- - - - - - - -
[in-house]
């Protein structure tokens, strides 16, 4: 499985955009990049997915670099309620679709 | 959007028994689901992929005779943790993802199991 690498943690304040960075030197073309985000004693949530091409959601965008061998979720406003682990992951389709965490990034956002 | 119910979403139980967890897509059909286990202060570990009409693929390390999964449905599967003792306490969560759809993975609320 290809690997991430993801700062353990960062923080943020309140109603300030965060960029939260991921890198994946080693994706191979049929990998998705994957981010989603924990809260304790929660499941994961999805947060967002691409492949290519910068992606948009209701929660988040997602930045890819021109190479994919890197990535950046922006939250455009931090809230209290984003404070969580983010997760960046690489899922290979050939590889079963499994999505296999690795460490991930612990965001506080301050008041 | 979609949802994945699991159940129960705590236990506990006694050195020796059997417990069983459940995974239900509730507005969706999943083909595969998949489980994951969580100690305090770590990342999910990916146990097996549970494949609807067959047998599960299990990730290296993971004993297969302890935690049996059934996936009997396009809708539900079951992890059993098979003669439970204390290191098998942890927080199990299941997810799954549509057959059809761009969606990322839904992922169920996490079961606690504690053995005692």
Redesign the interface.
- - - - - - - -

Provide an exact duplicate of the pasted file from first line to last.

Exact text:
[in-house]
């Protein structure tokens, strides 16, 4: 499985955009990049997915670099309620679709 | 959007028994689901992929005779943790993802199991 690498943690304040960075030197073309985000004693949530091409959601965008061998979720406003682990992951389709965490990034956002 | 119910979403139980967890897509059909286990202060570990009409693929390390999964449905599967003792306490969560759809993975609320 290809690997991430993801700062353990960062923080943020309140109603300030965060960029939260991921890198994946080693994706191979049929990998998705994957981010989603924990809260304790929660499941994961999805947060967002691409492949290519910068992606948009209701929660988040997602930045890819021109190479994919890197990535950046922006939250455009931090809230209290984003404070969580983010997760960046690489899922290979050939590889079963499994999505296999690795460490991930612990965001506080301050008041 | 979609949802994945699991159940129960705590236990506990006694050195020796059997417990069983459940995974239900509730507005969706999943083909595969998949489980994951969580100690305090770590990342999910990916146990097996549970494949609807067959047998599960299990990730290296993971004993297969302890935690049996059934996936009997396009809708539900079951992890059993098979003669439970204390290191098998942890927080199990299941997810799954549509057959059809761009969606990322839904992922169920996490079961606690504690053995005692």
Redesign the interface.